|Executing transformations||Context: Developing shared services for citizens together with other libraries if possible, developing shared technological solutions with other libraries if possible
Organisation: Staff moved to value-adding activities from a citizen perspective, placing the responsibility for change management among line managers thereby making individual projects simpler, insisting that all projects should benefit citizens, all project meetings are open for all employees and a general emphasis on employee involvement, library manager participates in all project meetings, knowledge about citizens and their needs is utilized, strong focus on the organisational benefits that should be achieved, a broad approach that not focus especially on IT, process orientation but not specifically business process reengineering, a mixture of organisational top-down projects and bottom-up improvements as part of ordinary work, focus management attention on a small number of projects at a time
Contextual, organizational and transformational factors
|Pressure for transformation||The degree of pressure for transformation provided by the context|
|Citizens’ level of choice regarding the usage of specific services (Dwivedi et al., 2012; Jurisch et al., 2012); the level of competition from other public and private organisations (Dwivedi et al., 2012); the level of environmental turbulence in general (Piening, 2013), changes to legislation that influence implementation and execution of service (Dwivedi et al., 2012); and political support for transformations (Jones, 2012)|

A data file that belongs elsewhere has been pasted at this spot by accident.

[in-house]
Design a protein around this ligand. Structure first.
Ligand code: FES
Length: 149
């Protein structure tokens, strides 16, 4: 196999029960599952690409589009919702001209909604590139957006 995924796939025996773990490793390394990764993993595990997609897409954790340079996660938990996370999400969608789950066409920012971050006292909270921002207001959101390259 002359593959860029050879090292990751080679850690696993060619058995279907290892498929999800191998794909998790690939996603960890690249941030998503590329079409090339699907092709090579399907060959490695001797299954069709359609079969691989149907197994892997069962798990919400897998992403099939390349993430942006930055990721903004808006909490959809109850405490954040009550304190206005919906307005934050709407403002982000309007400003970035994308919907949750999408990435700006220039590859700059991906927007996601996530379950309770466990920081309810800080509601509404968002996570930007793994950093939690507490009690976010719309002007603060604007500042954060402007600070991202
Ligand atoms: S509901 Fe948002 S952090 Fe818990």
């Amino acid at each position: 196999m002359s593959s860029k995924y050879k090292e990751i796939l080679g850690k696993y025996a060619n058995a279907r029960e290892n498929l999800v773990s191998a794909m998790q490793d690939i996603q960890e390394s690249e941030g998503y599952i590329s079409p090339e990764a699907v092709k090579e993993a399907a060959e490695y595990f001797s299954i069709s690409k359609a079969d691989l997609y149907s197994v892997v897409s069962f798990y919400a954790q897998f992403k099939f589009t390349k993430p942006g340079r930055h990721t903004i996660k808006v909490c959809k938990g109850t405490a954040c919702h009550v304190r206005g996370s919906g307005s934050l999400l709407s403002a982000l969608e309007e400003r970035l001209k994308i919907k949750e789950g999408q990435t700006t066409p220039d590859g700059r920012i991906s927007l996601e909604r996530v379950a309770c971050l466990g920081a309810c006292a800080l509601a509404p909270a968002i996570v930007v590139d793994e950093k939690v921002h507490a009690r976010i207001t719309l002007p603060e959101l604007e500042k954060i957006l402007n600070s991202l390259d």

|Public sector requirements||The degree to which public sector requirements complicate transformations|
|Public sector organisations must overcome the digital divide (Dwivedi et al., 2012; Jones, 2012; Sipiors et al., 2011; Weerakkody et al., 2008); comply with public sector values such as transparency and accountability (Dwivedi et al., 2012; Jurisch et al., 2012); and balance the need for both data protection and privacy on one side, and information-sharing across public sector organisations on the other (Combe, 2009; Joseph and Johnson, 2013). Depending on the nature of the public service, there might be detailed legislation and mandatory requirements that specify how organisational processes should be performed locally. This often leaves little room for local innovation (Jurisch et al., 2012)|
|Governance complexity||The level of complexity of the inter-organisational governance systems under which transformations take place|
|Decision-making power can be divided across state, region and local areas. All these levels have their own political systems, with potentially different interests and concerns. This complicates decision-making processes and might create uncertainty about responsibilities; ultimately it can lead to inconsistent decisions (Dwivedi et al., 2012). Further, time frames for transformations might be largely determined by the next election date (Dwivedi et al., 2012)|
|Organisational integration||The degree to which there are established well-functioning inter-organisational structures, policies and collaborations that support cross-organisational transformation|